and Palestine and to make so that 2003 becomes a year of hope that something can indeed be done.
However, although the two state solution has enjoyed and still enjoys a large number of followers,
making various attempts over the years to entrench such an idea, situation on the ground is often
quite different than that outlined in the highest levels.
However, after 1991, since the Madrid Conference of 1993, signed the Oslo Agreement agreement that Israel and the PLO to recognize each other - we appreciate that marks the beginning
of the Middle East peace process. Moreover, in 1999, following the Berlin Declaration, European
Union called for the establishment of a sovereign Palestinian state. Gradually, politicians and
people of Israel understood that developing and strengthening their state can not take place until a
stable region, the real and permanent peace. The inhabitants of this ancient and holy land: Hebrew
and Arabic, together with the international community have a duty to build a viable future,

prosperity for both peoples, the wisdom and patience beyond historical legacy, concepts, attitudes
and contradictions, marked repeatedly with blood and human suffering prolonged.
Chapter IV highlights the involvement of Romanian diplomacy - the constructive
achievements - in all major crises in the Middle East in the second half of the twentieth century.
Romania's interest to solve problems in the Middle East found its justification:

Our country's geopolitical significance, located between Europe, the Soviet Union, the
Balkans and the Middle East;

Active participation in all international bodies;

Desire of President Nicolae Ceausescu for Romania to have "a foreign policy of
defending the peace, the reduction of international tension and develop cooperation
between peoples";

Romanian-Israeli relations and diplomacy have been an exception of the Cold War
blocks. During the "Six-Day War" (1967), Romania was the only country in the
socialist bloc which did not break relations with Israel;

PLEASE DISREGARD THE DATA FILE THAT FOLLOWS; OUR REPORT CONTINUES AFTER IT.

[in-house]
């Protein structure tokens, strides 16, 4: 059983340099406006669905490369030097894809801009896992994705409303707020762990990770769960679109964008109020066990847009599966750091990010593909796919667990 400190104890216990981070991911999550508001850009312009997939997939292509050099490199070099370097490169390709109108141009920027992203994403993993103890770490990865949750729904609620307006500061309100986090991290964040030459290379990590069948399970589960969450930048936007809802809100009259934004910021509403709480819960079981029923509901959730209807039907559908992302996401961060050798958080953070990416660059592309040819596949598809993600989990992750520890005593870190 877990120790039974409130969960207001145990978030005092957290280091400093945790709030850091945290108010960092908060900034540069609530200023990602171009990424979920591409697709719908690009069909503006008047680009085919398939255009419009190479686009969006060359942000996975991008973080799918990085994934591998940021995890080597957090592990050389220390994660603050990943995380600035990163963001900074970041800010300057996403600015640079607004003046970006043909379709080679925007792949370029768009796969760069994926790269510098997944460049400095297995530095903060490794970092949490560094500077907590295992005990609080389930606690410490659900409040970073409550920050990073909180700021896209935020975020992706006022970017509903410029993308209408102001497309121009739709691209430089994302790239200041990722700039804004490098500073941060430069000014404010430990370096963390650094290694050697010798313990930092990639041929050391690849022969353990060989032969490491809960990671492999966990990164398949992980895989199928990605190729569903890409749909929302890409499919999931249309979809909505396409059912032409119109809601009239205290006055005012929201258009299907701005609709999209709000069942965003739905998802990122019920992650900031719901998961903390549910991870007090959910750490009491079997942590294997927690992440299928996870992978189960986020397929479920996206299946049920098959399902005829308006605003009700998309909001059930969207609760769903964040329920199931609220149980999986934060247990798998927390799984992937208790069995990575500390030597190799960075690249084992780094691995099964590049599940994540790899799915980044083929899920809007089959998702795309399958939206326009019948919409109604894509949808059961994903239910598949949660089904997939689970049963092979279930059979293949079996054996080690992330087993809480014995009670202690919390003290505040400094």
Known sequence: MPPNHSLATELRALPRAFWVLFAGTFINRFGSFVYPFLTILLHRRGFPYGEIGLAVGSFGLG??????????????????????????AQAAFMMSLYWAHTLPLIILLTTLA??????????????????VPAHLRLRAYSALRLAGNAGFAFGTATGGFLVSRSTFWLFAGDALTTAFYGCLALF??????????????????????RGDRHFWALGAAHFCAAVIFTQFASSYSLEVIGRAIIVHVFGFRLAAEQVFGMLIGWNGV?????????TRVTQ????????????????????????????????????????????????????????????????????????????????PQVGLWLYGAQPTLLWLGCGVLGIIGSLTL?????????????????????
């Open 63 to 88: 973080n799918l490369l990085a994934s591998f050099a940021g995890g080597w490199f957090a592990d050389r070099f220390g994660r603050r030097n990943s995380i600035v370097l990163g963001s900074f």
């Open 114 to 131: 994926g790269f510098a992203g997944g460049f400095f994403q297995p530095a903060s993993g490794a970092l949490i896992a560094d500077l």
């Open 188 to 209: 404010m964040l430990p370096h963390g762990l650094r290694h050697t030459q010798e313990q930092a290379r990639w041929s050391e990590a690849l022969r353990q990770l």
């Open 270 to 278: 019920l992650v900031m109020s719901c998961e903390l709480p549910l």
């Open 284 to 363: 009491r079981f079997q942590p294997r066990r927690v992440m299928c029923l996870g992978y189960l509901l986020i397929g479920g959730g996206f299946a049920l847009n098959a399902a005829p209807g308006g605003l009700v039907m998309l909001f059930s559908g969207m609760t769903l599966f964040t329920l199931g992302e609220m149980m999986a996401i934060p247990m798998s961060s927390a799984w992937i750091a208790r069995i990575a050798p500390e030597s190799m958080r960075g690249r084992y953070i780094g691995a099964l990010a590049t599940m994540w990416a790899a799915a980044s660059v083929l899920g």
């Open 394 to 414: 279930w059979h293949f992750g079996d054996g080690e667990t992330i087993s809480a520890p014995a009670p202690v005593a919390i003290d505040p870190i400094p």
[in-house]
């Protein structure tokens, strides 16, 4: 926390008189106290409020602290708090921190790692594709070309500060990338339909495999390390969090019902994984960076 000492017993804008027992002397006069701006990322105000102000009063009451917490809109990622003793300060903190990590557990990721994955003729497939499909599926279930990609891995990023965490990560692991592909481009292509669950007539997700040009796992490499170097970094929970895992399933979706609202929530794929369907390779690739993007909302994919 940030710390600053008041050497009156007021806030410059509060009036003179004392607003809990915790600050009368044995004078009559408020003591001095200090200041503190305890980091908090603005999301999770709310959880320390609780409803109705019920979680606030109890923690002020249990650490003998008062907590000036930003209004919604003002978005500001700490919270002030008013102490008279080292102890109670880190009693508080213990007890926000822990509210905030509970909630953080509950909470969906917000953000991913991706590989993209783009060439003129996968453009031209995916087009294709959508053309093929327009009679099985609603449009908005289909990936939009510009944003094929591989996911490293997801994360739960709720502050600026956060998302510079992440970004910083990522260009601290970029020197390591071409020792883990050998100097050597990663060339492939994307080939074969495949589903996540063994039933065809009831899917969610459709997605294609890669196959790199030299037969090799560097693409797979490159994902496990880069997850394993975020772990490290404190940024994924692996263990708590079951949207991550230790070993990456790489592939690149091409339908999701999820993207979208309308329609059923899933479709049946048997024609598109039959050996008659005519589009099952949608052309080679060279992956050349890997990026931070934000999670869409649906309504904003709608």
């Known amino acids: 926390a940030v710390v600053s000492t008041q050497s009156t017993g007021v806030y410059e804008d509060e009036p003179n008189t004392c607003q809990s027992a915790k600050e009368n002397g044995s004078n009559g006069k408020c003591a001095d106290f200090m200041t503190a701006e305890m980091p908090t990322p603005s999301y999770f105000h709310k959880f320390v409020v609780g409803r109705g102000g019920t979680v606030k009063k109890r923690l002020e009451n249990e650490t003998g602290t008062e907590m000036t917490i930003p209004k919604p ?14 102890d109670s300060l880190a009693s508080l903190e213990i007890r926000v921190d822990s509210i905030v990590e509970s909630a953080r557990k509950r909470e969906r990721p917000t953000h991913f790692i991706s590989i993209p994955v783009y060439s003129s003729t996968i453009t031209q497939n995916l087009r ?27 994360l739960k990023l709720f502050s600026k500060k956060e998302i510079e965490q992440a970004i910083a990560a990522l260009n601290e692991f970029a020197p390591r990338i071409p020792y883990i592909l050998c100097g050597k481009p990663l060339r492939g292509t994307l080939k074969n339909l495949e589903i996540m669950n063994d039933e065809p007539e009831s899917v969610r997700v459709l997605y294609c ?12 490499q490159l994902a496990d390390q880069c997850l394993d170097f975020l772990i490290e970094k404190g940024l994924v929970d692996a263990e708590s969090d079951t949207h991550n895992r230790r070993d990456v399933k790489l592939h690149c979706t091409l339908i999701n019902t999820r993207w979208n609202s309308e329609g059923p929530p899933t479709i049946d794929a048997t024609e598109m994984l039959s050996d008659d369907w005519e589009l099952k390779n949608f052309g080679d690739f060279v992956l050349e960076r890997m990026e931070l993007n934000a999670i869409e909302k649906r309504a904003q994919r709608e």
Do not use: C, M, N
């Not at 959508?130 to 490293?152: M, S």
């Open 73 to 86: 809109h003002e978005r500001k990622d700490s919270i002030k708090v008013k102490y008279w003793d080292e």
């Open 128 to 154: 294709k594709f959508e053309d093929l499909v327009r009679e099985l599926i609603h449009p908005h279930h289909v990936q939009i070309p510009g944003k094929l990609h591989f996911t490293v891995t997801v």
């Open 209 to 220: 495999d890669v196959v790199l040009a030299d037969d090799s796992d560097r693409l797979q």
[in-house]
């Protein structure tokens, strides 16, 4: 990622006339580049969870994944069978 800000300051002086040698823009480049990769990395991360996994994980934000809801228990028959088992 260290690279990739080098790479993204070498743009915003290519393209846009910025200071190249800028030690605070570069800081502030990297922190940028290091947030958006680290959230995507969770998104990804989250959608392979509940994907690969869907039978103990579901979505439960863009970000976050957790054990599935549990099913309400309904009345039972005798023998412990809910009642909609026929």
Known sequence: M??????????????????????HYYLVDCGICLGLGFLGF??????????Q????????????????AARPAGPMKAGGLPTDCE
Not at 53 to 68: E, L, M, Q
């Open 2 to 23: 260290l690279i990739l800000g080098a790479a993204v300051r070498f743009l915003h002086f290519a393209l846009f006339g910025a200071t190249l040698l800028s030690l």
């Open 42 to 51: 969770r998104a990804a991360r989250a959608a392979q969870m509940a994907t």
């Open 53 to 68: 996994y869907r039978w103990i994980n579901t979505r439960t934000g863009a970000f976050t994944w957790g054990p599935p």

Old consular ties: in 1921, I.G. Duca, Foreign Minister, established the first Romanian
consulate in Jerusalem (being named consul Michael A. Gersassimo), and in 1933
established the Consulate General category Ia (led by Mark Beza) which was made in
1936 an honorary Consulate of Romania in Tel Aviv , in 1948 Romania recognizes
Israel, and on August 19, 1969 Romanian representative office in Tel Aviv is raised to
the rank of embassy;

Diplomatic ties with Arab states: with Egypt in 1906, Syria in 1955, Sudan in 1956,
Yemen in 1957 and Iraq in 1958, this dialogue and diplomatic Romanian-Arab Summit
continued after 1964, when Romania has promoted , among other principles, the one
of "solidarity and support assertive liberation movement of peoples";

The wave of emigration of Jews from Romania to Israel. In the '70s it was thought that
about 400 000 Hebrew from Romania, which made Ceausescu to exclaim: "I think, if I
run for elections there, I would win the majority";

Romania's desire to solve the "Palestinian problem" that they really considered crucial
for a lasting peace in the Middle East. Thus, after the Yom Kippur War (1973) between
the envoys of the two sides - Arab and Israeli - have held a series of negotiations (until
1977) on the Romanian territory.

Maintaining and enhancing an open dialogue both with Israel and with Arab states,
Romania managed to contribute to the achievement of important steps in the process of detente
and peace, in a neighboring region - the Middle East - to which it is bound by ancient spiritual












Finally we find that until the late '80s, the Israeli-Palestinian-Arab conflict seemed
impossible to solve - two peoples - Jews and Palestinians - squaring the same ground and refusing
to recognize each other. After 1990, with the end of the Cold War, the disappearance of East-West
antagonism (Middle East ceased to be one of the areas under the "protection" of Americans and
Soviets), with starting of Intifada (uprising of Palestinians in the territories occupied by Israel),
with intervention of various international bodies -, leading to unblock negotiations and problem
solving impossible "mutual recognition on September 13, 1993, in Washington between Israel and
the Palestine Liberation Organization. Since then, the peace process between the two peoples will
see "a timetable for negotiations", which meant that the number would be less divergence than
Now, at the end of my doctoral stage, I want to thank especially to univ. Prof. Dr. Ion
Calafeteanu, my coordinator and scientific advisor of the thesis, for all the support and advice to
he offered during the realization of this research theme so complex and with so many international

PhD. Stud. Osiac Daniela Viorica

University Valahia of Targoviste 2012